For the past decade, the number of family-owned newspapers has drastically dropped as the business of owning print media becomes less profitable. The vast majority of newspapers are bought by large investment entities with millions, sometimes billions, of dollars in assets of wide-ranging businesses and groups. However, there is an outlier in this trend: Adams Publishing Group.
The company, owned by billionaire investor Stephen Adams and his family, has only been in the newspaper industry for three and a half years but they are the fourth largest media company in terms of papers owned, according to a database maintained by the University of North Carolina at Chapel Hill’s Center for Innovation & Sustainability in Local Media.*
They began by buying 34 papers spread across Minnesota, Wisconsin, Ohio, and the Chesapeake region, from American Consolidated Media. Since then Adams Publishing has purchased more than 80 newspapers, and by November 1, 2017, it owned around 120 papers – mostly weeklies and small dailies located in the Southeast and Midwest but expanding to the West, according to UNC’s database.**
In November 2017, Adams Publishing purchased the Mt. Airy Group of newspapers from Champion Media, more than doubling its holdings in North Carolina. Adams also undertook a significant expansion westward: buying daily and weekly newspapers in Washington, Montana, Oregon, Utah and Idaho from Pioneer News Group. Together these acquisitions totaled 28 papers, not counting shoppers or editions without unique content.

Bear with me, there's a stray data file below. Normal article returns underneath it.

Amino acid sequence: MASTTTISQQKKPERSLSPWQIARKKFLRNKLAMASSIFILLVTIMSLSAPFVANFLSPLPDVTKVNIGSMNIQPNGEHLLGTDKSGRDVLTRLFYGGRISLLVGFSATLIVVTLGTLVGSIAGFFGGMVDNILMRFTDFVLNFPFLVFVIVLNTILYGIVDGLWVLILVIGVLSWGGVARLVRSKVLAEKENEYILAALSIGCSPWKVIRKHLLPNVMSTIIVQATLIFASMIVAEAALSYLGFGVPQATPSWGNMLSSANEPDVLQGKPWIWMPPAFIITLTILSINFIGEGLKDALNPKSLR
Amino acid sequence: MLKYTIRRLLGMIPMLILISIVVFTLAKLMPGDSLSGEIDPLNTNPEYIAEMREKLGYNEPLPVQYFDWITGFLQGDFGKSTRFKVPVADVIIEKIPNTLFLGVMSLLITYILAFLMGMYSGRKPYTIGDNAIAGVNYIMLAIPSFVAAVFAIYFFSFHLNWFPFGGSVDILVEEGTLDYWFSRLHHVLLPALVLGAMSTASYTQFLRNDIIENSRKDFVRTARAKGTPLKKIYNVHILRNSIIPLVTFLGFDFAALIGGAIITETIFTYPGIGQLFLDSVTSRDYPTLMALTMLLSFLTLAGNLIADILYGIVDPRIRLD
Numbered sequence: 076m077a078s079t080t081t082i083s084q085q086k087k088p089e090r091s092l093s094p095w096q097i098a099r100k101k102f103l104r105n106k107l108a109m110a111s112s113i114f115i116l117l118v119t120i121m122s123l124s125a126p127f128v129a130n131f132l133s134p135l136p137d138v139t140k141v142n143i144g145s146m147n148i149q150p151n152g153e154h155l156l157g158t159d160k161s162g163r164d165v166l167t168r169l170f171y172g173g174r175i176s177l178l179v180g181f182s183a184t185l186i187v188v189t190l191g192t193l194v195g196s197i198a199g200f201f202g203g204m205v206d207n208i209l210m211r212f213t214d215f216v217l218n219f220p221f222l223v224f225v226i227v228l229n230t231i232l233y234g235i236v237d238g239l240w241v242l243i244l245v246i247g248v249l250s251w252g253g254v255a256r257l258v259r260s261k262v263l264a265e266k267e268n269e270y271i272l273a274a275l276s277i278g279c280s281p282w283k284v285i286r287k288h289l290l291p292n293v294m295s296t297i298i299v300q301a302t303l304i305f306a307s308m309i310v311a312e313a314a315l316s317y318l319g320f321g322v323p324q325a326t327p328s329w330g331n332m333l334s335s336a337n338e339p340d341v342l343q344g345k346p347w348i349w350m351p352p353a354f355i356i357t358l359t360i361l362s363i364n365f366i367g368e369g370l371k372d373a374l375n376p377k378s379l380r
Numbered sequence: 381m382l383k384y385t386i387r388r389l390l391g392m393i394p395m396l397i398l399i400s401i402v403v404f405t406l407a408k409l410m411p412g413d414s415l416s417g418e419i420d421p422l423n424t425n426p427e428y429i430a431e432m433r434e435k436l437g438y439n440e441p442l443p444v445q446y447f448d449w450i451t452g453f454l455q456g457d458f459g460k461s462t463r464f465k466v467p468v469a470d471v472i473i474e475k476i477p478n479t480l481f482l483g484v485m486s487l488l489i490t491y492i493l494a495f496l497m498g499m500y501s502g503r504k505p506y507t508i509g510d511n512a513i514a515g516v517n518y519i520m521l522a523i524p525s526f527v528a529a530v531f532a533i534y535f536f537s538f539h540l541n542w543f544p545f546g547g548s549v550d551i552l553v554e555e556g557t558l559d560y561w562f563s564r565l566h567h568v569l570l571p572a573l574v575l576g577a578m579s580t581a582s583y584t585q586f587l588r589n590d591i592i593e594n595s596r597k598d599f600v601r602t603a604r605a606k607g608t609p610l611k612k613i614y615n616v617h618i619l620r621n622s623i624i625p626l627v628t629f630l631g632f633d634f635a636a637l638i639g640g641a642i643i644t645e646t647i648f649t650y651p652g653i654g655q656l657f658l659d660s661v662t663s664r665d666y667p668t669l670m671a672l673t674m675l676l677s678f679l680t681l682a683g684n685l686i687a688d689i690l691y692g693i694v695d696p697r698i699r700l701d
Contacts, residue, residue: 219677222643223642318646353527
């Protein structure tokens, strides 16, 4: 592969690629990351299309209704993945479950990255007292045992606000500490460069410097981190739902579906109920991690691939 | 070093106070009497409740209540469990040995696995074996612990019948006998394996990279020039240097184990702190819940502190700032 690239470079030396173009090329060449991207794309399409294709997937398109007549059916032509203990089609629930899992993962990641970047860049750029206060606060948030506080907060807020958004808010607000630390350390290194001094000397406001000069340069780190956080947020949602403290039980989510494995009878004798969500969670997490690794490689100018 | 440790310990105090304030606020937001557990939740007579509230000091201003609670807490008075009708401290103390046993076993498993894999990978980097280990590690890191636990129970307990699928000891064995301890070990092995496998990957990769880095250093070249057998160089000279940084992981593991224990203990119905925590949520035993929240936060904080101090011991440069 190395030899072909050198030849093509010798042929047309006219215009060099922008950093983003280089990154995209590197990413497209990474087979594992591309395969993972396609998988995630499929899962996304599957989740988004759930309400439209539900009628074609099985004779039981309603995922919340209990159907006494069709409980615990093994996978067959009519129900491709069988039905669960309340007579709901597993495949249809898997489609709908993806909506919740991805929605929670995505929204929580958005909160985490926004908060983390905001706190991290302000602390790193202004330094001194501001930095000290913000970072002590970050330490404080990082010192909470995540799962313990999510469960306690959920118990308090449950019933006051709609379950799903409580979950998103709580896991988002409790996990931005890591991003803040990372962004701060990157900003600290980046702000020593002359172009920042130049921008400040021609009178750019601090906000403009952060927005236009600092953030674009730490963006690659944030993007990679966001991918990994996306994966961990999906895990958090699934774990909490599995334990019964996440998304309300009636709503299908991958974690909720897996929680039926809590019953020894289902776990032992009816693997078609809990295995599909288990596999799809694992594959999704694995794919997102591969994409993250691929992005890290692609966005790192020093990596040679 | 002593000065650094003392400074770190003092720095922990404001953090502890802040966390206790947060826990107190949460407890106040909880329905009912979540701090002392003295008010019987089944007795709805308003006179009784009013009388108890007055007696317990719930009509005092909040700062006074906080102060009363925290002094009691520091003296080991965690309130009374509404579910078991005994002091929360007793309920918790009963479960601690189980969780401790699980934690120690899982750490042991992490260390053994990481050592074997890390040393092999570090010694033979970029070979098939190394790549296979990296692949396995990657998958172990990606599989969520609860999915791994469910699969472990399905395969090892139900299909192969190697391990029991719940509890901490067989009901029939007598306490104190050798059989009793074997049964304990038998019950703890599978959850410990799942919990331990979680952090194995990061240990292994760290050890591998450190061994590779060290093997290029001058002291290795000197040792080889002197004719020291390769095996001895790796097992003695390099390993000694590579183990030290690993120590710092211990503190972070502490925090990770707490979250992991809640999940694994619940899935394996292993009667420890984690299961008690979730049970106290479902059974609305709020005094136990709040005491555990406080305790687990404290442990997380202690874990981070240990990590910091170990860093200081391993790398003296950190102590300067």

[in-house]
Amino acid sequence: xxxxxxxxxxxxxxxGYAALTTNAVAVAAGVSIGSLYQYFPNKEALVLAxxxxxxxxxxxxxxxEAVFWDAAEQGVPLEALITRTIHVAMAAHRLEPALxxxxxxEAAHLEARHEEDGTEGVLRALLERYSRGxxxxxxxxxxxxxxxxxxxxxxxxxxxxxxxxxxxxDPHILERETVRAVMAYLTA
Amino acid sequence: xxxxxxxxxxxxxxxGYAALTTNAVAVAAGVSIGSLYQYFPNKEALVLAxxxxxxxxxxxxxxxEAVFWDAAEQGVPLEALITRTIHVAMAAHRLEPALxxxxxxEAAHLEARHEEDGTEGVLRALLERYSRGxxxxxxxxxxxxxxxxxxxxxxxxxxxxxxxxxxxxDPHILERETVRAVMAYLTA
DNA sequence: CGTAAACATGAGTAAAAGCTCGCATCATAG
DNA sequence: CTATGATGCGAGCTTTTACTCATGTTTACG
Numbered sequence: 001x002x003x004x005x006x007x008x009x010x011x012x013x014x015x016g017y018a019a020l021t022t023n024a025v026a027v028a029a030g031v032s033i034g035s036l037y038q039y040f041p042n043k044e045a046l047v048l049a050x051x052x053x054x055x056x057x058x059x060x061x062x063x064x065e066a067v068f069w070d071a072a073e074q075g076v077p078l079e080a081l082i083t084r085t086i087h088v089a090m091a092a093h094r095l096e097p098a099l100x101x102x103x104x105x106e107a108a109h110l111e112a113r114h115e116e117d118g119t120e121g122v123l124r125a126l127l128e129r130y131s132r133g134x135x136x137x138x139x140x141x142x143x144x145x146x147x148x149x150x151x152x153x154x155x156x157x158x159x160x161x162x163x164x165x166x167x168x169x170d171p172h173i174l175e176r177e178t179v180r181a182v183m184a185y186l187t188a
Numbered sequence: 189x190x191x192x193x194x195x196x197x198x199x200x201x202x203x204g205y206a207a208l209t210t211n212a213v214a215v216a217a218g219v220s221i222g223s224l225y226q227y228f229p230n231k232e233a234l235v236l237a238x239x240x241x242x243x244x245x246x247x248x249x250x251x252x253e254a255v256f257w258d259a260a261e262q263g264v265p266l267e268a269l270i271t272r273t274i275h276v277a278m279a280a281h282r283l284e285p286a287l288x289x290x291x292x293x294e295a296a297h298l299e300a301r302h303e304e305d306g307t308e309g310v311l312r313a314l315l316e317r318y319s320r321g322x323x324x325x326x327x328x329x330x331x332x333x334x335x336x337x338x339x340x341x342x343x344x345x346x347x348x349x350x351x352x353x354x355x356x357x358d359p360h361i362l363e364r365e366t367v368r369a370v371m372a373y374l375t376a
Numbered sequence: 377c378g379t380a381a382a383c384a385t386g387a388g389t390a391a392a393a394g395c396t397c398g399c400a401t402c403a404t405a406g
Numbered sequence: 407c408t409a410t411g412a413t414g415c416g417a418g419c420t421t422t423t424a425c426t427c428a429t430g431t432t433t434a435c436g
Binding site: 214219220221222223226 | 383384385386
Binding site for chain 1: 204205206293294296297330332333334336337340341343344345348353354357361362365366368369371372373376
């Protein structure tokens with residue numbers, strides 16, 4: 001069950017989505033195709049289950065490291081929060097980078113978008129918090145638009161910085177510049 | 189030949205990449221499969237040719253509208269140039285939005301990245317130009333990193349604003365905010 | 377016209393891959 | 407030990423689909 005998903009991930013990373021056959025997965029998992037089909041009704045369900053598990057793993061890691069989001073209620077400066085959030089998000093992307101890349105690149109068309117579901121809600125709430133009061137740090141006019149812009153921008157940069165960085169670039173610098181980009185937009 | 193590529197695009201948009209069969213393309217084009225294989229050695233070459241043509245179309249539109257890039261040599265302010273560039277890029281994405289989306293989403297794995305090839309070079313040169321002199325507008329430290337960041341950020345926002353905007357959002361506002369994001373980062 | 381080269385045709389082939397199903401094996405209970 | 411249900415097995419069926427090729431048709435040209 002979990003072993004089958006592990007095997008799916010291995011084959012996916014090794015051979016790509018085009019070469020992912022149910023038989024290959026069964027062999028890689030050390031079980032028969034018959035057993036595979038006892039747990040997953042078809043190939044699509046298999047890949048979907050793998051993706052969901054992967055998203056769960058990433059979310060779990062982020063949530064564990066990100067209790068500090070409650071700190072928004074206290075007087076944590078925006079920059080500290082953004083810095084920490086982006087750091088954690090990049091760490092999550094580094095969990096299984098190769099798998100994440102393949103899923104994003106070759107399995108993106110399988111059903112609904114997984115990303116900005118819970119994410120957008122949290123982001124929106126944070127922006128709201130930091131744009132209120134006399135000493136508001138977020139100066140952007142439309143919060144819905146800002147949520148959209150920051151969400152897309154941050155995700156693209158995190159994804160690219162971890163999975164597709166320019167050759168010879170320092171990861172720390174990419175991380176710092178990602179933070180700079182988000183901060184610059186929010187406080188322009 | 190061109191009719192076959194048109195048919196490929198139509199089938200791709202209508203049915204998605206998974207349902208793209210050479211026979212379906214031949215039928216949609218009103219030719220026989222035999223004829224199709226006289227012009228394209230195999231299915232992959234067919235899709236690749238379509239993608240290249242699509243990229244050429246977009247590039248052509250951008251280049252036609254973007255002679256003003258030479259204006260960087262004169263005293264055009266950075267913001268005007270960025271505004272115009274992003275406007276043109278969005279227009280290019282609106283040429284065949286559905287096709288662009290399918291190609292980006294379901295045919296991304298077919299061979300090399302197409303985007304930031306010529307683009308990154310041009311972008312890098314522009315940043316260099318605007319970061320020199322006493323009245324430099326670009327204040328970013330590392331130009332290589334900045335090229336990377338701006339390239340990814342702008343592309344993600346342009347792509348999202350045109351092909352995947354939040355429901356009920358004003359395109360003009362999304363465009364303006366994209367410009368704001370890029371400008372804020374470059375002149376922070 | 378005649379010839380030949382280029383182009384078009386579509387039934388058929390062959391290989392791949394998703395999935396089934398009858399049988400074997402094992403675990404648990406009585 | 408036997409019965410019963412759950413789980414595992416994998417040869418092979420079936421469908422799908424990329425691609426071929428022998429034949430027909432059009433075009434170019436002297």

That makes one wonder, who are the Adams family and why are they purchasing newspapers at the rate of much larger investors? A recent Poynter article explored the family in an attempt to answer that question.
Carol Wolf, Walter E. Hussman Visiting Professor at the UNC Hussman School of Journalism and Media, also profiled the Adams Publishing Group in the March 2017 report “Thwarting the Emergence of News Deserts.”
Read the full profile here for an interesting and unusual newspaper ownership story.
* The University of North Carolina at Chapel Hill’s Center for Innovation and Sustainability in Local Media maintains a database of national newspapers. This database, which includes more than 7,000 entries, draws on data from state press associations, Editor and Publisher and press reports of media sales.
** This database excludes shoppers, editions and specialty publications, which explains the discrepancy between the numbers UNC uses to measure Adams Publishing’s newspaper holdings and the number listed on the company’s website.